What does it mean follow Jesus Christ? Yesterday, in an illustration, I placed His footprints in a mine field and described how we should be careful to step exactly where He stepped.
While missteps and straying from the path may happen. Christ warns that the entire journey will be hazardous.
The first thing that comes to mind when thinking of following Christ is that He tells us to deny ourselves, and take up our crosses and follow Him.
We cannot imagine the gut-wrenching terror of this statement. Even if we put it into a modern context, we cannot fully fathom it.
To even attempt to follow and appreciate this statement, we must stop thinking about the cross as a gold emblem to be worn around our necks or wrists. We cannot think of it as two 4×4 posts fit together to easily hoist on the shoulder. We must think of the cross as first-century readers thought of it.
So here is just a little context. Public executions were common in the Roman empire, nearly a daily event. Many crimes warranted execution by crucifixion, including theft, rape, and murder. Crosses were little higher than eye-level, so the one dying could easily hear and see those who mocked him, which often included close relatives and associates who betrayed the convicted for fear of being the next condemned.
A sign attached to the top of the cross announced the name of the condemned and his crime. The cross was low enough that the sign could be easily read.
The Roman’s were expert executioners who knew exactly how to beat the condemned to within an inch of his life (to beat the condemned to death when he had been sentenced to die by crucifixion was itself a crime). The executioner could tell you at exactly what time they expected the condemned to die and they knew how to prolong or hasten the death accordingly.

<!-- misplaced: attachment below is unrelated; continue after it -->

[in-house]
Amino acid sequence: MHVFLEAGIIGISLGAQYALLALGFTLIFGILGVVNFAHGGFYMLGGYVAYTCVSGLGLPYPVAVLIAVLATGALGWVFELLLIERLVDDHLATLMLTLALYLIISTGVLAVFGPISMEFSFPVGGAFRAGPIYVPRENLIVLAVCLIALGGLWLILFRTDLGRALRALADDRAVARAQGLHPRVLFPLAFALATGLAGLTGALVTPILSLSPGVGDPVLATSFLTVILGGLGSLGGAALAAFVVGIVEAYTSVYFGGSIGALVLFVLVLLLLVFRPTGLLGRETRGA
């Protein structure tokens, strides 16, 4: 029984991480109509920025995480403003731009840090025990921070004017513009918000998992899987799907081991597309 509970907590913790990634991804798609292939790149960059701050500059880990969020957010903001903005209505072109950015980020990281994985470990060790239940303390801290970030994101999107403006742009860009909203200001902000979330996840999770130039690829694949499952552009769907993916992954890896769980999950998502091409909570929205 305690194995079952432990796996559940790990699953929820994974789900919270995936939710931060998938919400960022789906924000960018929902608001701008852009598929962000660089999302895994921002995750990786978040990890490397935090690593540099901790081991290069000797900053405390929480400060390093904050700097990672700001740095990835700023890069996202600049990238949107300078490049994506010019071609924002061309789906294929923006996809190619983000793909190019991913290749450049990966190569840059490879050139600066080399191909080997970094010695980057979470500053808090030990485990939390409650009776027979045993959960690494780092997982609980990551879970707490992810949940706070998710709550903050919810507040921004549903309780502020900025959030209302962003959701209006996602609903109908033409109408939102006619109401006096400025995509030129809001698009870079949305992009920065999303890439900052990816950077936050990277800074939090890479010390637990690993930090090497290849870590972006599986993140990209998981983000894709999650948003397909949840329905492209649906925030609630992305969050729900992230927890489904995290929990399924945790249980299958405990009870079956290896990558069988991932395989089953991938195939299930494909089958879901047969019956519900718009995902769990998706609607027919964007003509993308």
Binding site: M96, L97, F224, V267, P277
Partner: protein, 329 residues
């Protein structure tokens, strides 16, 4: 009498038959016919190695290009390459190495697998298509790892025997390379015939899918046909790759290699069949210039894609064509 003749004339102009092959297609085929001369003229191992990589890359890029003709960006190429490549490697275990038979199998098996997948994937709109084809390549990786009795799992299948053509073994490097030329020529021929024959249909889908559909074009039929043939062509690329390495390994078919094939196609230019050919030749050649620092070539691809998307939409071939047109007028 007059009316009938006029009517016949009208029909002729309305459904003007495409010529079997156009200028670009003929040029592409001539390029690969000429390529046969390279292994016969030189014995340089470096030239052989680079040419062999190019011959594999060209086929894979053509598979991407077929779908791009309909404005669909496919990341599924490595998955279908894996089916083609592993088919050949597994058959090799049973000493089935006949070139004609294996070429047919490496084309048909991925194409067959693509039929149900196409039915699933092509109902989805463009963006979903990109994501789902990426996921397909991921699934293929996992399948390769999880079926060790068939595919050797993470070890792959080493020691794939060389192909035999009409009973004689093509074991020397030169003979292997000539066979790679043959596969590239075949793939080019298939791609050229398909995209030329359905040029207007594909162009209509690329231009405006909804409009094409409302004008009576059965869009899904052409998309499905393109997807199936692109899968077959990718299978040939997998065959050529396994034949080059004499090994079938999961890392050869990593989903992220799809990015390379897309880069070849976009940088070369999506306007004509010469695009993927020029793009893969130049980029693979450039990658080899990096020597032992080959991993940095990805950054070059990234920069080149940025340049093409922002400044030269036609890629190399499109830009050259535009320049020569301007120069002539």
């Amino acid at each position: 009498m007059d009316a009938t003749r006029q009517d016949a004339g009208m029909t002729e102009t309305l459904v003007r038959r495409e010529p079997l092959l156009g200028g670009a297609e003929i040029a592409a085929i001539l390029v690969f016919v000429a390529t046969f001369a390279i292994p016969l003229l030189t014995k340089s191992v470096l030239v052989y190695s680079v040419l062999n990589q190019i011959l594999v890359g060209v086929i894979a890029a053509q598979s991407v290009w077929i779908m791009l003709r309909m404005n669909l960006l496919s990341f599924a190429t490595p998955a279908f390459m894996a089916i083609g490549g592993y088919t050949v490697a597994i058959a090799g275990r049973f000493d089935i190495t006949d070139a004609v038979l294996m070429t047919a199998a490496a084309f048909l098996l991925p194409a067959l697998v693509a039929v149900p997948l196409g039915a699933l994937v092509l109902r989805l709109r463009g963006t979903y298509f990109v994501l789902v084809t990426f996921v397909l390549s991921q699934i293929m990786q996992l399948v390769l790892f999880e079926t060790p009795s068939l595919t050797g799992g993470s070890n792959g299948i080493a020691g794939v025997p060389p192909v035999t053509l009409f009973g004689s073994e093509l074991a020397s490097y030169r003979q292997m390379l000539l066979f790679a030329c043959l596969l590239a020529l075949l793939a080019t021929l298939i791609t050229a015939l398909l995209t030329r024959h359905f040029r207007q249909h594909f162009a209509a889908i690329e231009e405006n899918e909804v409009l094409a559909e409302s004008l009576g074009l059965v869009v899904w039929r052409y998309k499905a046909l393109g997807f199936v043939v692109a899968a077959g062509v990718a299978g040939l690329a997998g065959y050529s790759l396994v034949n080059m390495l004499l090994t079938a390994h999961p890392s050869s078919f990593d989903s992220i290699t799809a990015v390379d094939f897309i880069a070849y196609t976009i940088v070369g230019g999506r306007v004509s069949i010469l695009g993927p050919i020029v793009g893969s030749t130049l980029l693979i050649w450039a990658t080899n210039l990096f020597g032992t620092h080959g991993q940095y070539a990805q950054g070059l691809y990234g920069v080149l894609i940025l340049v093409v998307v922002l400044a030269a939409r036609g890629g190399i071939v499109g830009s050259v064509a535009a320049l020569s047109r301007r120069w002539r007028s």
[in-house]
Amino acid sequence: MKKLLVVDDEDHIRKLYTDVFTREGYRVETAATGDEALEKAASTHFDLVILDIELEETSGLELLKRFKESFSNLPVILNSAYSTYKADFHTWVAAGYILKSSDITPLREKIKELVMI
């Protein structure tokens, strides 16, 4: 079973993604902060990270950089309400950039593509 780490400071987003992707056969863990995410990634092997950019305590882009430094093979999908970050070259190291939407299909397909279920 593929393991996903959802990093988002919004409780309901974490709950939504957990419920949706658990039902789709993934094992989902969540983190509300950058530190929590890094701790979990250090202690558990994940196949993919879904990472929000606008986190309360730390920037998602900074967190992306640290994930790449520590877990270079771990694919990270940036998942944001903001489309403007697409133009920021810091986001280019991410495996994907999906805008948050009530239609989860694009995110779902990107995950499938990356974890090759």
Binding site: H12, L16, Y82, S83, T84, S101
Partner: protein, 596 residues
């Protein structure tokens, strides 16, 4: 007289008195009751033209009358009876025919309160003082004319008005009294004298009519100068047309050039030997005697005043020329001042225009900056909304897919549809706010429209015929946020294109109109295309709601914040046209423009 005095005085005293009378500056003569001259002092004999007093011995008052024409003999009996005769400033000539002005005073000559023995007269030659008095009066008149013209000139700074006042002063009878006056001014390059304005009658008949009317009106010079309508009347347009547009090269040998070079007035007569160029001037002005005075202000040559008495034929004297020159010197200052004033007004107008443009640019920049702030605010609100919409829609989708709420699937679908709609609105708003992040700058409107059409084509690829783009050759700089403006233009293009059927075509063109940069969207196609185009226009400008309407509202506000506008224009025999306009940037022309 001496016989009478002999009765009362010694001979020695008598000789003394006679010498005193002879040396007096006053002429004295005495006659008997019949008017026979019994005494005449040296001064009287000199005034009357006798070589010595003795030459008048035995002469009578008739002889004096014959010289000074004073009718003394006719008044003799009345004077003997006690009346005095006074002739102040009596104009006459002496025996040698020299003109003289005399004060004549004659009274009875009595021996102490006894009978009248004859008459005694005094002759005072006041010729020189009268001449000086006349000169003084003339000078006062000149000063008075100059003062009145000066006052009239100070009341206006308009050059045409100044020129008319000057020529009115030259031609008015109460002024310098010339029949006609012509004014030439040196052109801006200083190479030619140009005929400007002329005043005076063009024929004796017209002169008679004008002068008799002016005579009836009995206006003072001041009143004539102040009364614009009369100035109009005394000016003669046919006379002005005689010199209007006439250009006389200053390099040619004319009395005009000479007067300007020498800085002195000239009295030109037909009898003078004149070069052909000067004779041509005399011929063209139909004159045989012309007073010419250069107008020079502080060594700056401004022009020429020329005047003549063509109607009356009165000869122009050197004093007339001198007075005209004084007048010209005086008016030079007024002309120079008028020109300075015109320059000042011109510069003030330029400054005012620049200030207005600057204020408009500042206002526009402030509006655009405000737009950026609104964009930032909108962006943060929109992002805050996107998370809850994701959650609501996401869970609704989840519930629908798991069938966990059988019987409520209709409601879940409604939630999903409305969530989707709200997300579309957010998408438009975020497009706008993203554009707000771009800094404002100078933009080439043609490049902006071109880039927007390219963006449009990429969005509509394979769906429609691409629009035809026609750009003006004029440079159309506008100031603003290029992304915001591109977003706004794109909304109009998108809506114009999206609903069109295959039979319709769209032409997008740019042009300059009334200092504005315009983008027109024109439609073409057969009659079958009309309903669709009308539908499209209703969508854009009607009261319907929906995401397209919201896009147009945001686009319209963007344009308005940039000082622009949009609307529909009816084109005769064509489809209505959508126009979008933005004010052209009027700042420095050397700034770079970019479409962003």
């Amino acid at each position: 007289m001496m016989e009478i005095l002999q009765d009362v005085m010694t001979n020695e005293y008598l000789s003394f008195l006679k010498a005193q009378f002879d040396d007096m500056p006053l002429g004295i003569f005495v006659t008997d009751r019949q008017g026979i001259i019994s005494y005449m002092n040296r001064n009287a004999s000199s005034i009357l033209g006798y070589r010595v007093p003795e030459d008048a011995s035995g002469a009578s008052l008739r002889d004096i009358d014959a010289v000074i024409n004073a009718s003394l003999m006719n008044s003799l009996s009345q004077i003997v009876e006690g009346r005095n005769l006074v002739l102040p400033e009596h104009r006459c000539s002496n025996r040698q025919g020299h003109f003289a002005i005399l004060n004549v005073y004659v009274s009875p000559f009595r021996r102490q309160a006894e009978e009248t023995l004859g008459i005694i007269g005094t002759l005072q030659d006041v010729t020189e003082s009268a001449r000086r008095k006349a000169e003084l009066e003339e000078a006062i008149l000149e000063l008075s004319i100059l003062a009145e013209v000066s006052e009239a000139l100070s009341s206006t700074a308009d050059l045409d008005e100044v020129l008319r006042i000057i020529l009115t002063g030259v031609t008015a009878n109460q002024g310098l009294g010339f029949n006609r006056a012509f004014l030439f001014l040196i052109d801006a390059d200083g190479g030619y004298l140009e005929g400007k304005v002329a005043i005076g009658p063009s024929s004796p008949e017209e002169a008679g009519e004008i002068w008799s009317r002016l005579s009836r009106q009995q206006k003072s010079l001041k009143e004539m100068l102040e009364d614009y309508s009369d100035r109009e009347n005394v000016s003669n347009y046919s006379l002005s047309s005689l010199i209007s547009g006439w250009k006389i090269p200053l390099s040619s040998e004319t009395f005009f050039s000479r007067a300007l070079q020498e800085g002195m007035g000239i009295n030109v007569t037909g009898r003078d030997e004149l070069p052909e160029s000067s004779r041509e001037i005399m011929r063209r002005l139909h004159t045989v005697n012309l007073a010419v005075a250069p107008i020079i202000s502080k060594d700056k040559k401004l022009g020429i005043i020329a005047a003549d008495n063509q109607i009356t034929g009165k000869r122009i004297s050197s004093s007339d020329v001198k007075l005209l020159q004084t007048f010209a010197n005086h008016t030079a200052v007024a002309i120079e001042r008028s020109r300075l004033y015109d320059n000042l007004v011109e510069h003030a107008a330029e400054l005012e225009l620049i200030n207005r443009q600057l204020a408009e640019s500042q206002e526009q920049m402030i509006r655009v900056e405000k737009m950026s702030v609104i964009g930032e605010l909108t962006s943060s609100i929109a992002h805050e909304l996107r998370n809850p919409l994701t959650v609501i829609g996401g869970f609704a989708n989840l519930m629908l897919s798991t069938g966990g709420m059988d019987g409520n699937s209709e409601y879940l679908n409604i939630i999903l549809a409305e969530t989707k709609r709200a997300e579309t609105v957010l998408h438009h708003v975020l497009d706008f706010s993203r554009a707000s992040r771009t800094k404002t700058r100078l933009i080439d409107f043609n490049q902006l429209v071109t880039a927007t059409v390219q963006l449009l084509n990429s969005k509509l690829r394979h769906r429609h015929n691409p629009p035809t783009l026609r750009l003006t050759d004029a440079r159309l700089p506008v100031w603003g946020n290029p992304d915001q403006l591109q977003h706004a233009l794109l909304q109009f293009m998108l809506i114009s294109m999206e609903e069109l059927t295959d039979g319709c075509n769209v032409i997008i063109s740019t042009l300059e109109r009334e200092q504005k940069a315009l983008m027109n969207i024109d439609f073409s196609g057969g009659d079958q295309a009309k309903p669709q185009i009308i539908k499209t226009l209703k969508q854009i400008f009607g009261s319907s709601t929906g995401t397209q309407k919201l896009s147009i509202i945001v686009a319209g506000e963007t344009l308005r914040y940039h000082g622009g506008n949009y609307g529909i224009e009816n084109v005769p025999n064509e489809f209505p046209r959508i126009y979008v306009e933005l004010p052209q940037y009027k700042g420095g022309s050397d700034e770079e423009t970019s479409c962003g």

It was uncommon but not unheard of to find a road lined with crosses of the condemned. Jesus was, Himself, crucified near a road, “outside the gate.”
The Greeks used crucifixion before Rome was an empire. When Alexander seized Tyre, to the north of Israel, in 332 BC, he crucified 2000 people.
Crucifixion, to people conquered by Caesar, was the means by which Rome instilled fear and maintained control.
For Jesus to tell those who would follow Him to “take up their cross,” was to strike fear in their heart.
I can think of two modern parallels, and both fall short in striking fear. To compare the cross to the electric chair fails because the electric chair is not used to intimidate (it is carried out behind closed doors) so much as the cross was. To compare beheading to crucifixion fails because it too is uncommon, although that may be changing.
Why did Jesus tell us this? It makes for a lousy recruitment poster. What was He thinking? It speaks to easy-believism. Is it enough for us to simply say a prayer like reading a magic spell and then consider ourselves “saved?” Even if we exhibit no remorse for our sinful life? Even if we do not repent? Is it enough to simply say a prayer?
Taking up or cross is not a burden we must bear. It is not living with human frailty. It is following Jesus no matter where the path leads, even if it leads to job loss because we read our Bible on lunch break. Even if we are sued for refusing to bake a cake. Even if we are jailed for what we peach. Even if we lose friends because we don’t hang like they do. Even if we are targeted by terrorists for being Christian. We must follow in His footprints.
It means denying our human impulse for fun, thrill, and pleasure, and praying for God to replace it with His love. It is denying yourself – dying to self – daily.
We must follow Him.